In a south-eastern suburb in Melbourne, there’s a zoo. It has no visitors, and there are no animals anywhere inside it. Rather, the Australian Frozen Zoo houses living cells and genetic material from Australian native and rare and exotic species. This place, and others like it, could be a big part of the future of conservation. Department of Biological Sciences’ Simon Clulow and his colleagues make the case for ‘biobanking’ in a recent piece in Conservation Letters.
Clulow is keen to stress that this doesn’t mean getting rid of conventional zoos or captive breeding programs. “Captive breeding has had some wonderful successes, and there will always be a huge place for it,” he says.
PhD student and lead author Lachlan Howell agrees. “It was captive breeding that brought the giant panda back from the brink of extinction caused by a combination of habitat loss and poaching. It Is captive breeding that is likely to save the Tasmanian devil from being wiped out by devil facial tumor disease.”
Rather, the researchers want to create awareness of the “massive potential” to save funding, reduce the number of captive animals required in breeding programs and thus conserve more species with existing resources, by incorporating biobanked sperm into captive populations using assisted reproductive technologies.
“Using frozen zoos could provide a 25-fold increase in the number of species that could be conserved. This would be a staggering conservation achievement.”
Clulow, who has considerable experience of preserving viable frozen genetic material, says, “Using frozen zoos could provide a 25-fold increase in the number of species that could be conserved. This would be a staggering conservation achievement, and we think it can be done.”
As it stands, there is limited money for conservation programs, meaning that many species needing captive breeding to survive will miss out, the researchers say.
The hard yards of captive breeding
Captive breeding is expensive. Starting a captive breeding program costs hundreds of thousands, even millions of dollars. Maintaining the program will cost, on average, more than $200,000 a year for a single species. Many programs are open-ended and will have to continue for years or even decades to achieve their objectives.
Those species that are lucky enough to be selected for captive breeding almost immediately face another hurdle – loss of genetic diversity. After only one generation of captive breeding, genes are already starting to be lost, the researchers say.
In just a few generations, animals which are the most likely to thrive and breed in captivity start to show behavioral signs of domestication and adaptation to captivity. Inbreeding depression can amplify undesirable traits and reduce the population’s ability to survive and reproduce.
This is unavoidable given the small colonies typical of some captive programs. The loss of wild genes affects the overall fitness of captive bred animals for release back to the wild.
The researchers point out that biobanking opens the possibility of conserving not just the so-called ‘charismatic megafauna’, but also the other species that underpin their ecosystems.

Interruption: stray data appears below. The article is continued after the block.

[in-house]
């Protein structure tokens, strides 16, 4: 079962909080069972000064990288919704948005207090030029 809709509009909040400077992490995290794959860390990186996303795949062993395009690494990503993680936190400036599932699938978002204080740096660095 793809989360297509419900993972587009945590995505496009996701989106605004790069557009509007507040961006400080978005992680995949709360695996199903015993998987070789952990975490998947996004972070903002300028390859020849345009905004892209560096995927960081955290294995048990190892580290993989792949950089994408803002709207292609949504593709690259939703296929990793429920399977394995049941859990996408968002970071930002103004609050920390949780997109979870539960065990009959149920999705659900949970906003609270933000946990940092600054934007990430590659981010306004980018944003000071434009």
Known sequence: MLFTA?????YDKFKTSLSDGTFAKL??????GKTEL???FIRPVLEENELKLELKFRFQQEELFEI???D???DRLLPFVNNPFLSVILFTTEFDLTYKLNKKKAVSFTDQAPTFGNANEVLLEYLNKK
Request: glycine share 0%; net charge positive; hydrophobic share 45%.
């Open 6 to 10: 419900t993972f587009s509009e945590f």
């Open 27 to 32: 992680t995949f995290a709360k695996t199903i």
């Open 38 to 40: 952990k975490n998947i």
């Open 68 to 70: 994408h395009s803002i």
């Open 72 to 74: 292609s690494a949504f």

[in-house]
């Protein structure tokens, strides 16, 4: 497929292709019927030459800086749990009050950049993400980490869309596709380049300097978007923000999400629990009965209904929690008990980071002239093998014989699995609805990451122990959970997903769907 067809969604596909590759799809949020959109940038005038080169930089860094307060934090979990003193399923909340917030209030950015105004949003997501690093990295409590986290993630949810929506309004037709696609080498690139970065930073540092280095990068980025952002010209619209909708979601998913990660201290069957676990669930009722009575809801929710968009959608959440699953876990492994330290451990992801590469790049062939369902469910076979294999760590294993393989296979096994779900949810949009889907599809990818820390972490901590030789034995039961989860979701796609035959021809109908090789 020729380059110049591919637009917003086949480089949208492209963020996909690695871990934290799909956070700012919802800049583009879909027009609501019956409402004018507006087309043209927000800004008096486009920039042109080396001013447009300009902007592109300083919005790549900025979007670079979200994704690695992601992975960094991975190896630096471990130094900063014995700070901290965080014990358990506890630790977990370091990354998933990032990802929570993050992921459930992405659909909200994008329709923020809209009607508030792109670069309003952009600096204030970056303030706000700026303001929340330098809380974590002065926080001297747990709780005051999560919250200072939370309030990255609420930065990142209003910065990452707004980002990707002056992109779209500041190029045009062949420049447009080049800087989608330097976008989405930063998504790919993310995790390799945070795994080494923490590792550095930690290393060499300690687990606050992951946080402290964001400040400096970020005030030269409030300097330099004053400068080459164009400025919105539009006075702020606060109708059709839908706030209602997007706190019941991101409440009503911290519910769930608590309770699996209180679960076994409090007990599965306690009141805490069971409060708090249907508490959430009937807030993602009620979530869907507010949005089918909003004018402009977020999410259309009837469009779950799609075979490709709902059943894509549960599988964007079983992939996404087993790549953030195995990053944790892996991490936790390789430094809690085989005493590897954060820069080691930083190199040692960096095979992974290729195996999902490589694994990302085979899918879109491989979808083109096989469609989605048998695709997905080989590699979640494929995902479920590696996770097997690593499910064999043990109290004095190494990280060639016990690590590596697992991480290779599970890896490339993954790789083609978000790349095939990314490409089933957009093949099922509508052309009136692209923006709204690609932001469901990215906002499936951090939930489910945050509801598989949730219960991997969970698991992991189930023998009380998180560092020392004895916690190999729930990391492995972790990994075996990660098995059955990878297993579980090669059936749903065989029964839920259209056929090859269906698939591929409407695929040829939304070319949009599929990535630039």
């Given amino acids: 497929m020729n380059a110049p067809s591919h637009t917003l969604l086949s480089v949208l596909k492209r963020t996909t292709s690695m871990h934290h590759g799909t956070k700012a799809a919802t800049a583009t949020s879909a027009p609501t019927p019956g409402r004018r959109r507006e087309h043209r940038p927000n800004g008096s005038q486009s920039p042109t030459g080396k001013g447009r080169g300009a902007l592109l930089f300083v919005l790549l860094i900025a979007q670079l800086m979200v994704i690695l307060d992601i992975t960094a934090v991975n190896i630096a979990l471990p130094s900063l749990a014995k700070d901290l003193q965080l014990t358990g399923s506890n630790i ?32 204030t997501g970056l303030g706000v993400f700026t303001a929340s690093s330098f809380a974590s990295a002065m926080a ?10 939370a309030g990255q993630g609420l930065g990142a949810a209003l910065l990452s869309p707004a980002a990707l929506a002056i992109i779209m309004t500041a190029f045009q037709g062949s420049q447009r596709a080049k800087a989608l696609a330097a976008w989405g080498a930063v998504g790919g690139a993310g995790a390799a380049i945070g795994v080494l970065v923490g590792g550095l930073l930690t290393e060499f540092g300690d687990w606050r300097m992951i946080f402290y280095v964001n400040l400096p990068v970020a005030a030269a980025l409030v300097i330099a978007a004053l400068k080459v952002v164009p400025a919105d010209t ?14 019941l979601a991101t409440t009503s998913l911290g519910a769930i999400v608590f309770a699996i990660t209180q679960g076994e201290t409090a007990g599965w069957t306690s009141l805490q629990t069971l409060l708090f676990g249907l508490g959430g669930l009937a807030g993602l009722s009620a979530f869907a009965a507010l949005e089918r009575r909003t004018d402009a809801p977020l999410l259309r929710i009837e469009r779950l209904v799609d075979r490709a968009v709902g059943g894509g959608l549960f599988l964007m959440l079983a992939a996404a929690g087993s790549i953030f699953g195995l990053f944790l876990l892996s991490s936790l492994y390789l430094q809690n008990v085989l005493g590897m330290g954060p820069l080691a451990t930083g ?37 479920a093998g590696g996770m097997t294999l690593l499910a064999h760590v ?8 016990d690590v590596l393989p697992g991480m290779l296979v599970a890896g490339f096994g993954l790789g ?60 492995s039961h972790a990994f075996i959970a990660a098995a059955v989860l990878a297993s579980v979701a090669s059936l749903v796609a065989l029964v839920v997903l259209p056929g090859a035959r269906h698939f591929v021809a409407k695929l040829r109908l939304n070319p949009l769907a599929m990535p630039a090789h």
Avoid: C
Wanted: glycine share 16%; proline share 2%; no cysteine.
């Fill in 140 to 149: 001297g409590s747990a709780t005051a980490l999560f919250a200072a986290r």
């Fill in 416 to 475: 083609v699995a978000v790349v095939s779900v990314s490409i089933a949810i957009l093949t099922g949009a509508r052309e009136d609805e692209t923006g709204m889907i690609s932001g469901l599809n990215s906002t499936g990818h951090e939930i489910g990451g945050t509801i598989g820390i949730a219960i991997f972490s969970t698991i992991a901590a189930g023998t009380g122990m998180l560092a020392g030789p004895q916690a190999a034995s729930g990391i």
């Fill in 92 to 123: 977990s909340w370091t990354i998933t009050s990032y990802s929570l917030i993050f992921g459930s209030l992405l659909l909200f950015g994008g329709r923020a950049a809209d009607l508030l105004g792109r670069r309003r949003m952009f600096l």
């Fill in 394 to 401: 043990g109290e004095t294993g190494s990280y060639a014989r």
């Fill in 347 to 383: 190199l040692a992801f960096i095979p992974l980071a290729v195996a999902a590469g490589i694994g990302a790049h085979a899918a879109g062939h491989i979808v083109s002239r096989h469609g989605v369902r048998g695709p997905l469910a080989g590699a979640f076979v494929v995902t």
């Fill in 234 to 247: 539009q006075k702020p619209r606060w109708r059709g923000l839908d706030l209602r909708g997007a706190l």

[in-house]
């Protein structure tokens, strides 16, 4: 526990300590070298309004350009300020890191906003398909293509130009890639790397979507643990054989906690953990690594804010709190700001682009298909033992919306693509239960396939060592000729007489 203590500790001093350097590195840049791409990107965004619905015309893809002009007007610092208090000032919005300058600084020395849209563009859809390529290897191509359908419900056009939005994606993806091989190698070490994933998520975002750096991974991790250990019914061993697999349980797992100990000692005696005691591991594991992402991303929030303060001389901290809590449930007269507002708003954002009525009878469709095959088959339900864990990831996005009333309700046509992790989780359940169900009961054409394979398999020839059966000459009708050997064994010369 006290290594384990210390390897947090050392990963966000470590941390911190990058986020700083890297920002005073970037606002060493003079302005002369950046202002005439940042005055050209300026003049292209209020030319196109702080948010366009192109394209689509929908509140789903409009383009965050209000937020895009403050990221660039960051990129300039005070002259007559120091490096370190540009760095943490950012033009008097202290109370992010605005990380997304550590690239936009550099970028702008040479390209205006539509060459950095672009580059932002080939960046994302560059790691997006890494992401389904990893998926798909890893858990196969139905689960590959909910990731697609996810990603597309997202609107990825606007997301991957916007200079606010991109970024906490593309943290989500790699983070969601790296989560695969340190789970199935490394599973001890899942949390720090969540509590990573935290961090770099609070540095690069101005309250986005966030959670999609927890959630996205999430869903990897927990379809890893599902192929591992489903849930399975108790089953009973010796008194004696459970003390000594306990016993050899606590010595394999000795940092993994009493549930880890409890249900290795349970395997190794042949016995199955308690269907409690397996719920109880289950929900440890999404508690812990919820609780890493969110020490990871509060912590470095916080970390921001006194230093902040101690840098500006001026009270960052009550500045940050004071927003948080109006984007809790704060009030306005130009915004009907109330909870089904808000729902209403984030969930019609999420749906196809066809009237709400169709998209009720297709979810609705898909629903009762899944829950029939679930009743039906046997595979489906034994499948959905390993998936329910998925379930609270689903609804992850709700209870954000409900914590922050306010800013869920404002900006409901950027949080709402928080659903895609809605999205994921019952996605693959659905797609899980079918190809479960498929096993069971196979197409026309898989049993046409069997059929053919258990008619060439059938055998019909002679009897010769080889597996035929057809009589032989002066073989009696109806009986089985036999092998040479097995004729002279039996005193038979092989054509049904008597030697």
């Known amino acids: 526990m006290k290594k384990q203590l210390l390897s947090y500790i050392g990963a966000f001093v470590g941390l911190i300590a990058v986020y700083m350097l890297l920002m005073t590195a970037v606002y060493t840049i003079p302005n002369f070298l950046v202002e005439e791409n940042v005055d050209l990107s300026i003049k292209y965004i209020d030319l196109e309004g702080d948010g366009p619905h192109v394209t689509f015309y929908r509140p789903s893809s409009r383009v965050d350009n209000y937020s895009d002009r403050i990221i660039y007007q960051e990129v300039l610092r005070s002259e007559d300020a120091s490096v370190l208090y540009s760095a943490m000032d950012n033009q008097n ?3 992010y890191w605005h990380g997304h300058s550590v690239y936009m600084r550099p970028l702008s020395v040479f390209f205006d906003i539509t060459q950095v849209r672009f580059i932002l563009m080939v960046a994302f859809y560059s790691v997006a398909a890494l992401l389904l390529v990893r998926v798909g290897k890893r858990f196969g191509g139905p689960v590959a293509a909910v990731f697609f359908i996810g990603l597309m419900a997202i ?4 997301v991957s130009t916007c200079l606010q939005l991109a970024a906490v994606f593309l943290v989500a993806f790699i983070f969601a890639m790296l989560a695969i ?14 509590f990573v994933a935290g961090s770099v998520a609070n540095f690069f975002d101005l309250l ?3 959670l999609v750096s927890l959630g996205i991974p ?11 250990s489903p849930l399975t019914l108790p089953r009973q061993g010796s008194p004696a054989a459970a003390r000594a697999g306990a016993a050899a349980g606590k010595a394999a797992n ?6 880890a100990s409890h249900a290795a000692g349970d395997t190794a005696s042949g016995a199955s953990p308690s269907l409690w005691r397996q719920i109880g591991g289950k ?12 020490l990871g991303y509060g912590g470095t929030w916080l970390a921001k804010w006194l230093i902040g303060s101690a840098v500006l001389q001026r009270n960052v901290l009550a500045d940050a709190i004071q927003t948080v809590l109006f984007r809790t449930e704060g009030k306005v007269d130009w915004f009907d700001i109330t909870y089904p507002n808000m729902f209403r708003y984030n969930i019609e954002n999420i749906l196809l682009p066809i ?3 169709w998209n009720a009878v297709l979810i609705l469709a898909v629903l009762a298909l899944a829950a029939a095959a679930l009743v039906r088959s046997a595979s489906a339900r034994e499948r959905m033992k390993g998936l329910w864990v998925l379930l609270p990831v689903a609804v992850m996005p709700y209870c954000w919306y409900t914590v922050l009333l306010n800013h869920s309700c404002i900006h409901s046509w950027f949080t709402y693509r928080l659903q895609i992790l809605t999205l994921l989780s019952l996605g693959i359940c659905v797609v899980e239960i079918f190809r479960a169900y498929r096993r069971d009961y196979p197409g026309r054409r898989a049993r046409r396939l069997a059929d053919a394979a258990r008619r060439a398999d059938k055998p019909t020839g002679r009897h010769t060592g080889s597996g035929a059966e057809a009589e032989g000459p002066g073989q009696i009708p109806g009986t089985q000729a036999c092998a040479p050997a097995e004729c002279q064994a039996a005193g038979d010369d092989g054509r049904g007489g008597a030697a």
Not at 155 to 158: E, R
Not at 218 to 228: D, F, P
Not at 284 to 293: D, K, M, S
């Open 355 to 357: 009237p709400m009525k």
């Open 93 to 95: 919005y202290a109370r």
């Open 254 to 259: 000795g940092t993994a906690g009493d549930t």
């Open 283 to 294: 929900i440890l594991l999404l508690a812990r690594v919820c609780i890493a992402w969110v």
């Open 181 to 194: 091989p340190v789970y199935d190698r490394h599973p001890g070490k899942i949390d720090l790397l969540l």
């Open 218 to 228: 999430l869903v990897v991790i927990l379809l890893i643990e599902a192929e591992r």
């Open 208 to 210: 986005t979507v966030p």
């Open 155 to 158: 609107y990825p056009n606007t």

The high costs of captive breeding means that conservationists need to ‘pick winners’. They can’t assist many species that are unlikely to survive without captive breeding. Amphibians, Clulow’s specialty, are a case in point.
“Disease and habitat loss is decimating wild amphibian populations globally. There are over 900 amphibian species that need captive populations. Over 200 of them need it urgently to avoid extinction,” he explains.
With hundreds of species in need, global capacity and available resources can provide for captive populations of no more than 50 species of amphibians.
Unless some members of those species were captive, not as animals, but as genetic material.
The benefits of biobanked sperm
Clulow and Howell argue that using biobanked sperm as part of captive breeding programs can restore genetic diversity, solving the problems associated with colony size and inbreeding, and reducing costs. This is seldom done, partly because of a lack of concrete examples, and partly because many in the conservation community are unaware of the huge potential benefits, the researchers say.
They show that in captive breeding of Oregon spotted frogs, backcrossing – crossing a hybrid with one of its parents or a creature genetically similar to its parent – with frozen sperm every generation led to much lower costs than with traditional captive breeding.
This supports the view that integrating biobanking into captive breeding would make a longstanding, previously unachievable genetic diversity retention target – maintaining 90 percent of the original captive population’s genetic diversity for one hundred years – possible.
The researchers point out that biobanking opens the possibility of conserving not just the so-called ‘charismatic megafauna’, the flagship species that – for entirely pragmatic reasons – tend to dominate captive breeding programs, but also the other species that underpin their ecosystems, and without which there can be no functional ecosystem captive-bred animals can return to.
With habitat loss as the main driver of species extinction, all animals within an endangered habitat are at risk, and all of them contribute to the viability of the ecosystem.
Biobanking can also ensure that species that can be returned to the wild have the genetic diversity they need to thrive, along with the ecological underpinnings that enable them to do so.
Reference: “Integrating biobanking minimises inbreeding and produces significant cost benefits for a threatened frog captive breeding programme” by Lachlan G. Howell, Richard Frankham, John C. Rodger, Ryan R. Witt, Simon Clulow, Rose M. O. Upton and John Clulow, 3 December 2020, Conservation Letters.
Dr. Simon Clulow is a Senior Research Fellow in the Department of Biological Sciences.